Slaveholders had economic incentives to maintain their abominable institution, encouraged by the blessing of southern clergy and politicians who biblically justified the morality of human slavery. Rev. Richard Furman, from my hometown of Charleston, was the first president of the South Carolina Baptist Convention and founder of the university that bears his name. Said Furman, “The right of holding slaves is clearly established in the Holy Scriptures, both by precept and example.” Jefferson Davis, president of the Confederate States of America, added, “Slavery was established by the decree of Almighty God. It is sanctioned in the Bible, in both testaments, from Genesis to Revelation.” Many northern progressive Christians were abolitionists, they would have lost handily in biblical debates against southern religious literalists.

Today Abraham Lincoln is revered for what he accomplished, and the humanist principle that it is morally wrong for one person to own another is commonly accepted.

Charles Darwin, on the other hand, is far from universally respected in the United States, where too many religious authorities still treat the Bible as a science book. We wouldn’t expect scientifically ignorant biblical writers who lived thousands of years ago in a small corner of the Mediterranean to have described the theory of evolution (or DNA, or any discovery of modern science), and they didn’t. What we do find in the Bible is a flat, unmoving Earth at the center of a 6,000 year-old universe, and the whole number three as the true value of pi [1 Kings 7:23]. The modern scientific theory of evolution conflicts with Genesis, and describes how natural selection can easily explain our existence without need for a divine creator.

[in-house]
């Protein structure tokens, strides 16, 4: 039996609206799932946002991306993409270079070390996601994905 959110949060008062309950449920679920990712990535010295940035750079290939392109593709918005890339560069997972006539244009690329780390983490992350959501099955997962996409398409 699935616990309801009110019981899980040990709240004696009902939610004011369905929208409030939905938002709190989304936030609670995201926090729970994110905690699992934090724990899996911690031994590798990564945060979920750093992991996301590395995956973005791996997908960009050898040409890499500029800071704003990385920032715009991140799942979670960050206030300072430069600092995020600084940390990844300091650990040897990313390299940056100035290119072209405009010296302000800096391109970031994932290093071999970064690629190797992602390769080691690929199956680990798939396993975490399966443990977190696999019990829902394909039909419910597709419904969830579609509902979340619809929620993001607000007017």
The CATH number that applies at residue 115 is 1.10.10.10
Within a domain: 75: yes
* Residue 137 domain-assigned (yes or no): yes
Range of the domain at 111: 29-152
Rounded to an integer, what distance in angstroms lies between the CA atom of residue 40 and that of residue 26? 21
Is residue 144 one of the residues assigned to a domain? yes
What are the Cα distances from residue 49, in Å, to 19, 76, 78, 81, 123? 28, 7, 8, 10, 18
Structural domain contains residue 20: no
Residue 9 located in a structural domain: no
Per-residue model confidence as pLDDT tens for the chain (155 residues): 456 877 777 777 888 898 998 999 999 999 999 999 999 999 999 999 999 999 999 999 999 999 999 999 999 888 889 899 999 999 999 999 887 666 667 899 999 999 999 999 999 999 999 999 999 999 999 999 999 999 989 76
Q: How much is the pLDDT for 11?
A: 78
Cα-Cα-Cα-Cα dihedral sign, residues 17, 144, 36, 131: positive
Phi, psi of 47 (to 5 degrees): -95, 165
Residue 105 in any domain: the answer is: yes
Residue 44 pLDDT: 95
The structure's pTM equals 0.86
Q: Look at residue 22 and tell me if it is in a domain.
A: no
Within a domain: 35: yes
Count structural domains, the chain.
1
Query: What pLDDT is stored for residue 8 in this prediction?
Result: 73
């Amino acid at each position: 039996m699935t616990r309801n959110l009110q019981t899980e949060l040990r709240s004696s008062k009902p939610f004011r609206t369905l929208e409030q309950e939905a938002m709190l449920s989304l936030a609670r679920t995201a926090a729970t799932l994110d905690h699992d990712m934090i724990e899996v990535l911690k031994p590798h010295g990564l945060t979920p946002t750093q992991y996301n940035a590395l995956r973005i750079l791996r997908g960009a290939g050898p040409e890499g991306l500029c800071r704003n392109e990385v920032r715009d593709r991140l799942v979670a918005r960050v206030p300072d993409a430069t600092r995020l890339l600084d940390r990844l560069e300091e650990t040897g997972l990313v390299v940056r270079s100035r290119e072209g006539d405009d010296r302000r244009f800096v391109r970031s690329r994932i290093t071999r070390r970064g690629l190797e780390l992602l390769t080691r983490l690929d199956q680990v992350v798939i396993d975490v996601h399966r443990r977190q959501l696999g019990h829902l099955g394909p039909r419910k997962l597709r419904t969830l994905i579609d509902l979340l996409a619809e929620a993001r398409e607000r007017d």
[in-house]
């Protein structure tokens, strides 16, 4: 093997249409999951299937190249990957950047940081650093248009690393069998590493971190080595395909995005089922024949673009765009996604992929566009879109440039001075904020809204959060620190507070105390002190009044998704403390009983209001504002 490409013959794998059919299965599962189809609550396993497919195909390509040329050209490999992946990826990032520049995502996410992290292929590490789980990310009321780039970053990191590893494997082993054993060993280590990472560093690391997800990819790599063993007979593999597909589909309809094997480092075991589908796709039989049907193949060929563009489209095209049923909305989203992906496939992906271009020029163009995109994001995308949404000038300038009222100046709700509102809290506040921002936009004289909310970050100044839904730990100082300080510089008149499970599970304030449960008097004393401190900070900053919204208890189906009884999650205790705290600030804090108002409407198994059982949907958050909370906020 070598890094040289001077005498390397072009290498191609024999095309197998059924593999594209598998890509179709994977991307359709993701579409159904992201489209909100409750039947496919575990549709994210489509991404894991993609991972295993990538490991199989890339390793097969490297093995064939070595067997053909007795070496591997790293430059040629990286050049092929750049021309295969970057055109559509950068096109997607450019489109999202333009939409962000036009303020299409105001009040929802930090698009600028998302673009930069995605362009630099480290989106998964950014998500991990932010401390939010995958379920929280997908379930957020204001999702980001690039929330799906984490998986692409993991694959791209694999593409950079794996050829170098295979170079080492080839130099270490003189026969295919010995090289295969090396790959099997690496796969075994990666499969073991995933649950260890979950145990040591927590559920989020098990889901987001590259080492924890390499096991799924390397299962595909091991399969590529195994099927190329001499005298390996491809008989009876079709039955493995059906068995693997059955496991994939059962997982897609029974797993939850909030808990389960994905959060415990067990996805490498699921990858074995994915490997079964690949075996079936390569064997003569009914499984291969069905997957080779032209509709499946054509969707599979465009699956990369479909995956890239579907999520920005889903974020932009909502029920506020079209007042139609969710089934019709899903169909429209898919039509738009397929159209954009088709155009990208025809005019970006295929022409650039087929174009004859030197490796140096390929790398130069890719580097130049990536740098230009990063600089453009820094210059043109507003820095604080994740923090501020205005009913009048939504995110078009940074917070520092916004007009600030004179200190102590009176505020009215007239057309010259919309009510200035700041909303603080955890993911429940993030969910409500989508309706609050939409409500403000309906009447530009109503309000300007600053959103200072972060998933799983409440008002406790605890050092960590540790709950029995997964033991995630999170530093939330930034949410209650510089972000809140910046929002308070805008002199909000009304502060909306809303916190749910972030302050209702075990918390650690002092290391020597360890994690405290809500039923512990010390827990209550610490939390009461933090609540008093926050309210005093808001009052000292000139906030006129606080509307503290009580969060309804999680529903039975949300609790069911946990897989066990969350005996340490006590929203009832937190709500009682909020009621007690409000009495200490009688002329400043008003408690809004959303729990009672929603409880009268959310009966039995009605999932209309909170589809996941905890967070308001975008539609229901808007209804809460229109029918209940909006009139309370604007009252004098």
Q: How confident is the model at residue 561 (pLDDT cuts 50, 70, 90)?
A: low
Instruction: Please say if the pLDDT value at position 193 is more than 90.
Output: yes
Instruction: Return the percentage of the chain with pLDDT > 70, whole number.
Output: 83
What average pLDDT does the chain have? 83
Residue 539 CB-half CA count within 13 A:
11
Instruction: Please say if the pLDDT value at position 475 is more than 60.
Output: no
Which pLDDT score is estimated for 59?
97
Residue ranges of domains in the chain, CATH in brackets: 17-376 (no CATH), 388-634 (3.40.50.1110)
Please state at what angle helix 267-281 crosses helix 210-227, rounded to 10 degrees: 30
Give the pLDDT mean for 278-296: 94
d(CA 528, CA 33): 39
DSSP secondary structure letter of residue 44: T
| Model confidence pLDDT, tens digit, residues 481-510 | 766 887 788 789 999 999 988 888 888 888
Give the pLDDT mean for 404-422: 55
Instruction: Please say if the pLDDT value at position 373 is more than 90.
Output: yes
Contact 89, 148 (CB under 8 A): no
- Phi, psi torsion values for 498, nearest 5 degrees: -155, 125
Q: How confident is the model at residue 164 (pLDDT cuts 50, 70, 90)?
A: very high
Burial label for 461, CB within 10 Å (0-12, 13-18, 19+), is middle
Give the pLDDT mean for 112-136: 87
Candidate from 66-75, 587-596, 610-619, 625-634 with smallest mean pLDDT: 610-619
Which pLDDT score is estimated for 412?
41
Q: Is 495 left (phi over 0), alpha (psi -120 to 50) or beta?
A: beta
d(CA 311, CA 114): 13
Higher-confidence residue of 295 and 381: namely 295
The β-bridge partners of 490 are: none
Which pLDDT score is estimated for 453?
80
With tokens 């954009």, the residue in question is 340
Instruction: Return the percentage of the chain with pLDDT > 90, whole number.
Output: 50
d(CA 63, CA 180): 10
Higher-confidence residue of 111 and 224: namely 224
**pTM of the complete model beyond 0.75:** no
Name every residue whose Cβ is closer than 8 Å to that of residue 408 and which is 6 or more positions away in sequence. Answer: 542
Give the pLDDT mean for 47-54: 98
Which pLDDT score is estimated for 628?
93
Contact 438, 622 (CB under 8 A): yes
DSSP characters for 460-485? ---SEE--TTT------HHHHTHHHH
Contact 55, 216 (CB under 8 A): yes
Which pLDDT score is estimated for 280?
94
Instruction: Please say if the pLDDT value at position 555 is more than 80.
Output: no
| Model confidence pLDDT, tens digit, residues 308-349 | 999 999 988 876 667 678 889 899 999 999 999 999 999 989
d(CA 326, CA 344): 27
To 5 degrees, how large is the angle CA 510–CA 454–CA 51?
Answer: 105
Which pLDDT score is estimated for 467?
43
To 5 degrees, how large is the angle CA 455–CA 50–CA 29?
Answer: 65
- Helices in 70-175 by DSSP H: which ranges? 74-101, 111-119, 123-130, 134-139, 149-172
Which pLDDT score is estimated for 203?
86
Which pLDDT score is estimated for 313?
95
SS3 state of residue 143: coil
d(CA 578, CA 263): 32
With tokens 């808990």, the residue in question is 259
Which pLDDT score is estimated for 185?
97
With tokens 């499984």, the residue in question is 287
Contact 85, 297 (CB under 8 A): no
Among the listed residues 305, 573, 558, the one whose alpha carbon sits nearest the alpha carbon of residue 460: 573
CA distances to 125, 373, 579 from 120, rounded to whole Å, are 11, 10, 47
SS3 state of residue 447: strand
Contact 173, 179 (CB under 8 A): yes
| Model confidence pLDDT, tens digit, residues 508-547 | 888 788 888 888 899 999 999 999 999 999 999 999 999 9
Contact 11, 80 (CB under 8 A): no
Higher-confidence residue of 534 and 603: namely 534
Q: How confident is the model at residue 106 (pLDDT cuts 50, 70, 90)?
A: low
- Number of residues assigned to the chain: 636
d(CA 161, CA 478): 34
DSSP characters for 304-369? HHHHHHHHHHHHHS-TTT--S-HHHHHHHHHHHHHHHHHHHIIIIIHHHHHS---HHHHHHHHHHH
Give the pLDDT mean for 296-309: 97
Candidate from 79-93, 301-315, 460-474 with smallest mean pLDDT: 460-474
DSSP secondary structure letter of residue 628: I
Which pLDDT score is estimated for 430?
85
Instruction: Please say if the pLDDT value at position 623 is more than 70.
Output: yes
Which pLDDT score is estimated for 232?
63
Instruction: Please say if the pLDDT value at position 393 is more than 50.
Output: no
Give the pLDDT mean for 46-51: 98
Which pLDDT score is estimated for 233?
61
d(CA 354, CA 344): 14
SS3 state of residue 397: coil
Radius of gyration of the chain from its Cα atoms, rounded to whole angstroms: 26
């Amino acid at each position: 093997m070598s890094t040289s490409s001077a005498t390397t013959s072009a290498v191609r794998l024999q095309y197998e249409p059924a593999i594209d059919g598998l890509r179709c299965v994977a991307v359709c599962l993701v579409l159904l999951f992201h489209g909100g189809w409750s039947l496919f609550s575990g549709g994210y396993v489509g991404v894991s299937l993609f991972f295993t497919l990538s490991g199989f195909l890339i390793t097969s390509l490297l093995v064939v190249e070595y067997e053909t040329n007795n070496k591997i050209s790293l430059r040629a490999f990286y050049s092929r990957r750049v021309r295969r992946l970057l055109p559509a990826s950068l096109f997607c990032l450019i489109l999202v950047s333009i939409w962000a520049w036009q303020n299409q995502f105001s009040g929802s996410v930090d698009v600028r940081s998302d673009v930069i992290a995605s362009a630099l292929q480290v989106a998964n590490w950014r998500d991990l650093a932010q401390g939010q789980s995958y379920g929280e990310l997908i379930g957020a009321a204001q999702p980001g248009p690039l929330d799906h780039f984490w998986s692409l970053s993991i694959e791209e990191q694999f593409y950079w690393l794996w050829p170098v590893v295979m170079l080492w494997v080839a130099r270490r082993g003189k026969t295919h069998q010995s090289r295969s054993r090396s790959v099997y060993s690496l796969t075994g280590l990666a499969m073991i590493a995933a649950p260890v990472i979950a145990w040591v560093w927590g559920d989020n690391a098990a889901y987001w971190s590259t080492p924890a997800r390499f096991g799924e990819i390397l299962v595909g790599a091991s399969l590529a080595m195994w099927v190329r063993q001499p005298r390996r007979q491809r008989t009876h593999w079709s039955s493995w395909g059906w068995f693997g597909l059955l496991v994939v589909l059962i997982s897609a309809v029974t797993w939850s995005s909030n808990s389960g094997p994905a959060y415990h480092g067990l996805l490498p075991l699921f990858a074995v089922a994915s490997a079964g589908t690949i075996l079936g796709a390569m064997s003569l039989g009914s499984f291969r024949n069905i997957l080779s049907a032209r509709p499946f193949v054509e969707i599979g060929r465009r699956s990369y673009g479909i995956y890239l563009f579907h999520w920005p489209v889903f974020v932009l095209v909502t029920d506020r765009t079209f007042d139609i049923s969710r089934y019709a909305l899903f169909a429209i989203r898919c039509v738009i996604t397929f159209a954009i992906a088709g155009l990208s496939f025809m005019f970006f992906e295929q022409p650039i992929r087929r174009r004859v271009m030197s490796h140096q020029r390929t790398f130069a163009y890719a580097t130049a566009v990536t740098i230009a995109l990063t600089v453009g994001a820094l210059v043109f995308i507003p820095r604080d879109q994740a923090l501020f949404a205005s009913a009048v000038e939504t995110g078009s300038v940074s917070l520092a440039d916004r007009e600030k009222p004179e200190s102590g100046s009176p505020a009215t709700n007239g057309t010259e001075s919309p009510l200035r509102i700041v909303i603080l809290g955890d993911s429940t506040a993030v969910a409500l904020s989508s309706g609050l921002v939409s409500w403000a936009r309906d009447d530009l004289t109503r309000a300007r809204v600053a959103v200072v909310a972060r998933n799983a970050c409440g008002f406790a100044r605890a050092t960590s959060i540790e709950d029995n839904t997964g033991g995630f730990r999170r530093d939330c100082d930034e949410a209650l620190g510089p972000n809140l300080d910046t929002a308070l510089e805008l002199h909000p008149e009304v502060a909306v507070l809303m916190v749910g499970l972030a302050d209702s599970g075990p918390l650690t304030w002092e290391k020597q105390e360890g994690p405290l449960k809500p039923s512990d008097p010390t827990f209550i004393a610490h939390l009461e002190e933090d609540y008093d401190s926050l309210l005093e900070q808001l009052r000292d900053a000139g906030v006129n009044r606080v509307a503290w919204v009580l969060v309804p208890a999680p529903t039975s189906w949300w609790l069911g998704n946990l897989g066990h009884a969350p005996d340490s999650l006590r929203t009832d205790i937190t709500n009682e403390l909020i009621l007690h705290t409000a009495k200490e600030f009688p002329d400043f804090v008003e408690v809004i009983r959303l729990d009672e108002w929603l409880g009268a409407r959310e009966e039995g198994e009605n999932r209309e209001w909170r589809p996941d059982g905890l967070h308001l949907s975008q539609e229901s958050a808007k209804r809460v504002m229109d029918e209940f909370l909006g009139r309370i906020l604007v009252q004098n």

When I was young, public schools were closed on Darwin’s birthday, though the official reason was to commemorate the birth of Abraham Lincoln. Now there is a growing movement to publicly celebrate February 12 as Darwin Day. But instead of closing schools, I’d like to see it become a day for students to study and explore the great scientific discoveries that spring from Darwin’s work.